Having seen alienation from others, alienation from our labor, and alienation of our ideals and ambitions, “Waters adds the ultimate disunity - self-estrangement” (Reisch). This alienation from self is a central theme in French philosopher Albert Camus’ works, who remarked that “This very heart which is mine will forever remain indefinable to me”. We can see this most distinctively in their album The Wall (1979). The Wall is about a musician named Pink who is gradually driven to madness by his overprotective mother, the death of his father in war, tyrannical school teachers, a cheating wife, and his “drug-fueled career as a rock star” (Reisch), which closely resembles Waters’ own experiences. In the live performance of The Wall, there is a “gradual construction of an actual wall of large cardboard blocks which first obscures, and then, by mid-show, totally physically divides the audience from the band” (Reisch).The building of the wall symbolises Pink’s gradual alienation from his family and from society, and once the last brick in the wall is placed, he begins to become alienated from himself and goes insane.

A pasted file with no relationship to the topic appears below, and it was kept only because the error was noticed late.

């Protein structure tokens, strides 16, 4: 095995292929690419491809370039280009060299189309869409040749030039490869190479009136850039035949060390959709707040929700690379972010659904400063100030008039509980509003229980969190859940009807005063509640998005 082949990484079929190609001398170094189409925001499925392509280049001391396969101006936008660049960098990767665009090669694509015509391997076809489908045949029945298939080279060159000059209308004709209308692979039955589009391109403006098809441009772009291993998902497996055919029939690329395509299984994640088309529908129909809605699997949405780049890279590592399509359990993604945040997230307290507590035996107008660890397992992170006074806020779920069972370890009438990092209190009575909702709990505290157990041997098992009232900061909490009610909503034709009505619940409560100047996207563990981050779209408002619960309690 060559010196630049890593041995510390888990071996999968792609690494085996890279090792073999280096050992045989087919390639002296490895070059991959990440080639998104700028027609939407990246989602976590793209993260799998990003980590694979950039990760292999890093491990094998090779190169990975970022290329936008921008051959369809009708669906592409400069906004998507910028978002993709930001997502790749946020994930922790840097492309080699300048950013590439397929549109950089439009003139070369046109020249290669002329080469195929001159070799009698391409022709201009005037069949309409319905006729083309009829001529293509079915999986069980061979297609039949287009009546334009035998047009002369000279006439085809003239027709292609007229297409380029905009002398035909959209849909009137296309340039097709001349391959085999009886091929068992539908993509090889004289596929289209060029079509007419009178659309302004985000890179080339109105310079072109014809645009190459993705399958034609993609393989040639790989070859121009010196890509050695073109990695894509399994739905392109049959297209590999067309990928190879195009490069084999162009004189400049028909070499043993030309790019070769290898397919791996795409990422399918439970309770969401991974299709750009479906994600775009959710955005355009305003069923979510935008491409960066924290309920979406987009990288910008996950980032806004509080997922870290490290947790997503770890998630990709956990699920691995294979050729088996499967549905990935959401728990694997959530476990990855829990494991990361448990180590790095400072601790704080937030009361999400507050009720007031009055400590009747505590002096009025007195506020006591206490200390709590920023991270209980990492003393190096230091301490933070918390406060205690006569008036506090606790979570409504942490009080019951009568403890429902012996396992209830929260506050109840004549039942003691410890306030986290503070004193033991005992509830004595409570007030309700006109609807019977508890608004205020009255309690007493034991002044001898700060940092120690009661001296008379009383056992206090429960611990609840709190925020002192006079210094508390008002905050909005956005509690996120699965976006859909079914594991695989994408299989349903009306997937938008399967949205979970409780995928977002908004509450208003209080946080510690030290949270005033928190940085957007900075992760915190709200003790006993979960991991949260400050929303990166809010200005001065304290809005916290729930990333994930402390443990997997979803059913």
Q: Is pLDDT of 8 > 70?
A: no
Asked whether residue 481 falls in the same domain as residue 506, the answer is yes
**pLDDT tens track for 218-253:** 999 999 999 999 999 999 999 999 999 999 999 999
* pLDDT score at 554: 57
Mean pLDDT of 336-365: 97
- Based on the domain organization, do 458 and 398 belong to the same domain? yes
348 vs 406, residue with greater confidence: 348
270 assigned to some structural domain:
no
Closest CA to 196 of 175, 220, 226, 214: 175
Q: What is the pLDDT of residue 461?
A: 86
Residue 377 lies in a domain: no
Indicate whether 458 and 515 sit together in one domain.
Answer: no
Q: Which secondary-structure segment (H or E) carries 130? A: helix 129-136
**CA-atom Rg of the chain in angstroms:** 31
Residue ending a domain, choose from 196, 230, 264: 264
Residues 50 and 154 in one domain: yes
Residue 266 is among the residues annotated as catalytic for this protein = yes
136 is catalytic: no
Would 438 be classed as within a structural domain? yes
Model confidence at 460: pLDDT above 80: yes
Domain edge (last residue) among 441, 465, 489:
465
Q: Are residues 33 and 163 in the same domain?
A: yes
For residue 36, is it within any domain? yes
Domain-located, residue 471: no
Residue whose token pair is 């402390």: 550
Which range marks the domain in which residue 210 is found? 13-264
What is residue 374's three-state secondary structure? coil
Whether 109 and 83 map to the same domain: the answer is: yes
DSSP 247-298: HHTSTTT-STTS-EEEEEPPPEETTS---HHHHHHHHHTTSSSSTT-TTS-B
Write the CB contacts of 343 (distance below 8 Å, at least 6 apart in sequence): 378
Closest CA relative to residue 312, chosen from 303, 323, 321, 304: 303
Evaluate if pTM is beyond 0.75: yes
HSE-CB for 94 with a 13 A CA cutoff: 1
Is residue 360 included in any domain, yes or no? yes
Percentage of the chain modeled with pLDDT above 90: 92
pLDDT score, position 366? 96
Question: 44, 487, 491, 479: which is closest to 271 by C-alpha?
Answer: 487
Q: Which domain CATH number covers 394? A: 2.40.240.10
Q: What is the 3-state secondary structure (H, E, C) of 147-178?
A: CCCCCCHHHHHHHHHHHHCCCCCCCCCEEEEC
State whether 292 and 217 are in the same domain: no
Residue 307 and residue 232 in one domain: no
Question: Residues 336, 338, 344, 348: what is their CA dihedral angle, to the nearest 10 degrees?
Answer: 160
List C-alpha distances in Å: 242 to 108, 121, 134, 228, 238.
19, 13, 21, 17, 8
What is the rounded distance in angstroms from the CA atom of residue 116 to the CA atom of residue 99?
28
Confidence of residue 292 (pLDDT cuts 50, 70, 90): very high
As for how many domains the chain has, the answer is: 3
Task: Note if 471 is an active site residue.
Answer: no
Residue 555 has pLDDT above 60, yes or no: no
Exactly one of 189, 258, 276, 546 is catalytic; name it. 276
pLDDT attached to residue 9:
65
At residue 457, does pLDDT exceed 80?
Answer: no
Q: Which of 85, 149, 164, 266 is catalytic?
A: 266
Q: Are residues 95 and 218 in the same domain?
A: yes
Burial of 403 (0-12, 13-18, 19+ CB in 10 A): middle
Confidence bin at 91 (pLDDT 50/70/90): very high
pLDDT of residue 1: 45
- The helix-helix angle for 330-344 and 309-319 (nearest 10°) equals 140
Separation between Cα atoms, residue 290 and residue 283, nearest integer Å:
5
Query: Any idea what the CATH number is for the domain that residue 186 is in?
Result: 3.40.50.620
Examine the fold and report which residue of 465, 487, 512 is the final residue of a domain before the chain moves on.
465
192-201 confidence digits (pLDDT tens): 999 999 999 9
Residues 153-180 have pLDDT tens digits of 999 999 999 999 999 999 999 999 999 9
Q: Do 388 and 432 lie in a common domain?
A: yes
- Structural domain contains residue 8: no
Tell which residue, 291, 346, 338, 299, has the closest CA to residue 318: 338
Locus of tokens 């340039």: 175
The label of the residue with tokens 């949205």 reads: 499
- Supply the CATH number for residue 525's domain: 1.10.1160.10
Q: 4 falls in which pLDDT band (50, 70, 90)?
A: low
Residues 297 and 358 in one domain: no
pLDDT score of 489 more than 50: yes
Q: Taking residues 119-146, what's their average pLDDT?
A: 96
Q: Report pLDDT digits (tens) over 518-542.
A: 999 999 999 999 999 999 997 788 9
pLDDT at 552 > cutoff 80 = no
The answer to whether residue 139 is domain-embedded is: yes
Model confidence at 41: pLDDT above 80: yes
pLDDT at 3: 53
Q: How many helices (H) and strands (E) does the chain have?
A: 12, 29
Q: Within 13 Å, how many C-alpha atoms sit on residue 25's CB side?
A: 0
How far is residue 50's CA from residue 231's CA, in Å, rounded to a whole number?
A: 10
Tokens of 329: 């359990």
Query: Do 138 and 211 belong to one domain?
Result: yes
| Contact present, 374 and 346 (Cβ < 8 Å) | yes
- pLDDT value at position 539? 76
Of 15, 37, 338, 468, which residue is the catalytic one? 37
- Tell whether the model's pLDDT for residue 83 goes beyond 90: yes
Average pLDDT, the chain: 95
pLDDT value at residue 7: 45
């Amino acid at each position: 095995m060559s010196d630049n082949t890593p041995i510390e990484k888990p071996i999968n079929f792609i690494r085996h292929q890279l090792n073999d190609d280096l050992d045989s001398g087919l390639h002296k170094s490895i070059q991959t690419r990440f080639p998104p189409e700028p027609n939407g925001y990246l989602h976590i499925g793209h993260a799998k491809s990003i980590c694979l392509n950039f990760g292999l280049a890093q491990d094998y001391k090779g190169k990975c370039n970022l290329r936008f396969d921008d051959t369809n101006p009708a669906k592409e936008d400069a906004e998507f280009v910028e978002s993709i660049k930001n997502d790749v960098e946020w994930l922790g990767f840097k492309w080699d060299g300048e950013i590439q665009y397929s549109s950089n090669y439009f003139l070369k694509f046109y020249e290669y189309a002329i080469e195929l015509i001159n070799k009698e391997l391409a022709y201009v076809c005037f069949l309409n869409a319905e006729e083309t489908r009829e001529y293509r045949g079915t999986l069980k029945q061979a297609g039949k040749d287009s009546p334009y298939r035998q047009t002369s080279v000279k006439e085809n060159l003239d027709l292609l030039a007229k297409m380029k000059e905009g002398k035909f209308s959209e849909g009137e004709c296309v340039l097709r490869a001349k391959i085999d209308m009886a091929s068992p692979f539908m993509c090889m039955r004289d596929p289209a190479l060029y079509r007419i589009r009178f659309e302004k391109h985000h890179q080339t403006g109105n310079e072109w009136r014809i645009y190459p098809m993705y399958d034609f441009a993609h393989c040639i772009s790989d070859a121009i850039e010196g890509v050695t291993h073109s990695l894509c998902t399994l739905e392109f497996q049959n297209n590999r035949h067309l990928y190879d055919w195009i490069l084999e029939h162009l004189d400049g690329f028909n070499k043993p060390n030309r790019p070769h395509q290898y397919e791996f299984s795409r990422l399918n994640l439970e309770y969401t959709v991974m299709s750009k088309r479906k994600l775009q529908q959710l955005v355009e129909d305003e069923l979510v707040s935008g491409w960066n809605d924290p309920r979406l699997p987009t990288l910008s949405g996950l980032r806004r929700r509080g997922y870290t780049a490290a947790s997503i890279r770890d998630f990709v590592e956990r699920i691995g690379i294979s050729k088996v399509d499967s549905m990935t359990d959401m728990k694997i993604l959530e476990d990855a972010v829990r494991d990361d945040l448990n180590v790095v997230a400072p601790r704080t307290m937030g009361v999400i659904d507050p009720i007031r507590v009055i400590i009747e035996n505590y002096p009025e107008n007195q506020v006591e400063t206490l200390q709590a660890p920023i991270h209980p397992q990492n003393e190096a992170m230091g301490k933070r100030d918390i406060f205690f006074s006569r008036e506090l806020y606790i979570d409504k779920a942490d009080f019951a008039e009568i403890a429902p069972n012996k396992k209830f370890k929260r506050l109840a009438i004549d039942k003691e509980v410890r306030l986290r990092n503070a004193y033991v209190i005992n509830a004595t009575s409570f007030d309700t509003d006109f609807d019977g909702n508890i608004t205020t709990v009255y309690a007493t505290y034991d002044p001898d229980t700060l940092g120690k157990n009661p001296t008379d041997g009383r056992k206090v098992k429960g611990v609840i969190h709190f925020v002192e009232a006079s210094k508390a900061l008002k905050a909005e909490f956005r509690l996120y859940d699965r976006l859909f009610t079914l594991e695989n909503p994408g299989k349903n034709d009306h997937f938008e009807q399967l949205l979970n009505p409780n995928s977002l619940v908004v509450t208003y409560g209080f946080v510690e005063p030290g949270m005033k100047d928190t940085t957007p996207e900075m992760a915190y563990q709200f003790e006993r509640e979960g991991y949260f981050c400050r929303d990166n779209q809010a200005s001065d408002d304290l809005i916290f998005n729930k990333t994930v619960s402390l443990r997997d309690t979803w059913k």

Comfortably Numb (1979) from the same album, also one of the best rock pieces in history, sums his feelings perfectly: “Now I’ve got that feeling once again / I can’t explain you would not understand / This is not how I am / I have become comfortably numb”. In the song, Pink was having a delirious fever, but was scheduled to perform on-stage. His manager urges him to prepare to come on stage, but he is physically unable to. Then a backstage doctor comes, and injects his arms with some very powerful medication that makes him feel “comfortably numb”. It reminded him of the times when he felt detached from reality as a child, just as he is feeling so right now. He does not know what he is doing anymore, he does not know why he is doing what he is doing anymore, and perhaps he does not even really know who he is anymore. He begins to lose touch of reality, “You are only coming through in waves. / Your lips move but I can’t hear what you’re saying”, unable to separate Being from Non-being, unable to reconcile what he has become. Finally, the line “The child is grown, / The dream is gone.” affirms that this reality was not what he had wanted to grow up into, and that he is wholly sinking into denial about the conditions of his existence. Like the writings of Camus, Comfortably Numb sums up the absurdity of modern life, with Pink being forced to perform in spite of his decaying health, and the burden of “unhappy consciousness” as described by Hegel, which “anguish derived from the fact that the world does not fulfill our wishes” (Reisch), leading Pink to descend into madness, being unable to communicate with either others or himself.